CINCINNATI — For the self-service laundry that also offers wash-dry-fold (WDF) service through drop-off and/or pickup and delivery, when attendants process orders at the same time self-service customers are trying to do their laundry, there’s always the risk of creating conflict, especially if both groups are vying for the same washers and dryers.
Dedicating an area (or, as you’ll read, time periods) to WDF processing will help keep a laundry’s self-service customers happy and the separate revenue streams flowing freely. Of course, laundromats can vary in service needs, store size and design, so what one business can accomplish easily may not come so simply for another.
American Coin-Op interviewed the owners of three different laundry businesses, in three different parts of the country, to see how they have approached the concept of dedicated WDF space.
A HYBRID METHOD
Queen City Laundry has four stores on the east side of Cincinnati that offer self-service laundry, drop-off laundry and dry cleaning, and pickup and delivery laundry. Dave and Carla Menz are the owners.
“We do have a dedicated space for WDF but we don’t have dedicated equipment,” Dave Menz says. “I would describe us as kind of a hybrid, so we don’t have the stereotypical OPL equipment. We use our equipment in the store, but other than washing and drying, we have a completely separate area during the daytime hours, when our store is open to the public, where we actually … fold and package our laundry.”
Queen City’s workforce includes a general manager, two assistant GMs, four store managers, two third-shift supervisors for drop-off and pickup and delivery, plus attendants and drivers. All together, the staff numbers around 40.
Menz’s WDF operation started small 10 years ago and it didn’t take him long to realize that interfering with his self-service customer base would be a mistake.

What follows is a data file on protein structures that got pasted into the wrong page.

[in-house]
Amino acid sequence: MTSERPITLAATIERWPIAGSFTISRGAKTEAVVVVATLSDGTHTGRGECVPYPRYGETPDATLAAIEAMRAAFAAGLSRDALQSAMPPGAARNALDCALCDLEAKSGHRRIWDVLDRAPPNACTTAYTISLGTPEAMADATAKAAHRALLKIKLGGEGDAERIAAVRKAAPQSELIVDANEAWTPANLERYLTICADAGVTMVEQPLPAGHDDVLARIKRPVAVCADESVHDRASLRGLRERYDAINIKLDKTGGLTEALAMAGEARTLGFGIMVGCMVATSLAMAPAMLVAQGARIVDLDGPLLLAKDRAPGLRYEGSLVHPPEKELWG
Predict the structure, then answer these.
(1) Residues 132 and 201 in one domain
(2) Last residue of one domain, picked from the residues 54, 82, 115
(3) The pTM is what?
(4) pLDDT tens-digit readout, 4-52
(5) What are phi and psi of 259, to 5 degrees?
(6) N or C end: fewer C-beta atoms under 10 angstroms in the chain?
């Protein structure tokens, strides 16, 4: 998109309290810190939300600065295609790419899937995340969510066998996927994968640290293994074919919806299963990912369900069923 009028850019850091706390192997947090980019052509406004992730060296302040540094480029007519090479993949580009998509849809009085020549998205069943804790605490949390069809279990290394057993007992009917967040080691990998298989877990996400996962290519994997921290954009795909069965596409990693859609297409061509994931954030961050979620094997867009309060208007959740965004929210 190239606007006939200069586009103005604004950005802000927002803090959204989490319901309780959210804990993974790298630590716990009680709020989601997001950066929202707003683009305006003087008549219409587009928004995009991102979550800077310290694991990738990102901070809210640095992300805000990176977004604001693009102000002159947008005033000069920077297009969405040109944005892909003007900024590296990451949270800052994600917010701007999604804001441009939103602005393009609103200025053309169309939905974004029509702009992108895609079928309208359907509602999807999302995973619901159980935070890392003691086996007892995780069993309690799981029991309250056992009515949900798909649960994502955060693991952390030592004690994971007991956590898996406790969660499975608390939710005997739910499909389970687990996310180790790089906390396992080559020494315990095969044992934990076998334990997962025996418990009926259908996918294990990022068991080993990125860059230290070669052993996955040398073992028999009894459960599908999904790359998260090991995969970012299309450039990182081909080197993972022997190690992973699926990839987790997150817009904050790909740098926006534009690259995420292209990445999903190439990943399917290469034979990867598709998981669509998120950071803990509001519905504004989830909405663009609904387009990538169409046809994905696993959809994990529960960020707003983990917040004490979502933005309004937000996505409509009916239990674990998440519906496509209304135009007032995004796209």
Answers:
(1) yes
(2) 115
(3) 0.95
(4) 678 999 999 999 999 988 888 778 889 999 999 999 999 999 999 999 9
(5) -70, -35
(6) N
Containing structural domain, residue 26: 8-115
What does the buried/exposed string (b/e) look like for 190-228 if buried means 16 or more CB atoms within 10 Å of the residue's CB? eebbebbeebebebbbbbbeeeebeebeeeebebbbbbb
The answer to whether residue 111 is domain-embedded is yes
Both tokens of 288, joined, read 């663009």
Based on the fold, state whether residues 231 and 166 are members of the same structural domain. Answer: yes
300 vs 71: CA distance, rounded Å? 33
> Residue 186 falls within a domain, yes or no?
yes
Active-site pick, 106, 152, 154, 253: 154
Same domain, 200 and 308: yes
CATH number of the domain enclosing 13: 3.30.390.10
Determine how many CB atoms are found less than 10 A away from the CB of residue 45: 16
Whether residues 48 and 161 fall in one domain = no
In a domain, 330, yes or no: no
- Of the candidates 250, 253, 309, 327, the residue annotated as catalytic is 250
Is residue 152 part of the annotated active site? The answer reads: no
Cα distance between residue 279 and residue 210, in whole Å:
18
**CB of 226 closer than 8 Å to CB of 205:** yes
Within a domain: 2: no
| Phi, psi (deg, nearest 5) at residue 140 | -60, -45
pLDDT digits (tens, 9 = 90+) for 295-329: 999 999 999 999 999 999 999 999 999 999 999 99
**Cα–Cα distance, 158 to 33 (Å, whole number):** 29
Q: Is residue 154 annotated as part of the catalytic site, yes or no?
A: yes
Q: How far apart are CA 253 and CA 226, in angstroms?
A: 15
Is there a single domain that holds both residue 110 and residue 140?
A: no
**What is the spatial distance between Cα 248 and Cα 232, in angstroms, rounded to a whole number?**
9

“Almost immediately, we set up what we call a drop-off room. It’s just an employee room. Some would refer to it as an office, but in some of our facilities, it’s several hundred square feet. In one, it’s several thousand square feet.”
Other than its 9,000-square-foot superstore, each Queen City Laundry has a roughly 20-by-12 room where walk-in drop-off orders are processed and drop-off drycleaning orders are stored.
“We wash it in the washers, we dry it in the dryers,” Menz says. “We pull it out immediately and either lay it flat over carts and roll them in the back room or we (physically) take them in the back room and actually fold them and package them right there.”
The superstore does utilize that basic process but also employs a second-shift crew comprised of three people that processes only WDF orders. All pickup and delivery orders are routed to the facility.
“They’re only allowed to use about one-third of our store for wash and dry,” Menz says. “We immediately pull it back into that separate processing facility. Back there, they have all the racks and folding tables. They have tons of room to work, shelving, everything they could possibly need to complete the order.”
A third-shift crew of seven to nine people (varies depending on volume) processes the remaining WDF work once the store is closed to the public.
Queen City Laundry trains attendants and processors extensively on how to process WDF orders without interfering with self-service customers. They’re taught to use only washers at the rear of the store, for example, or the bottom pockets of stack dryers, because self-service customers tend not to use them.
“There’s definitely an art to it, for sure,” Menz says. “And it’s not really as complex as it sounds. I mean, it’s a lot of, like, common sense. If your primary focus is ‘I want to do everything I can to avoid building a separate facility and paying rent,’ it’s … how can we do this without getting in our customers’ way.”
Check back Thursday for Part 2
Have a question or comment? E-mail our editor Bruce Beggs at [email protected].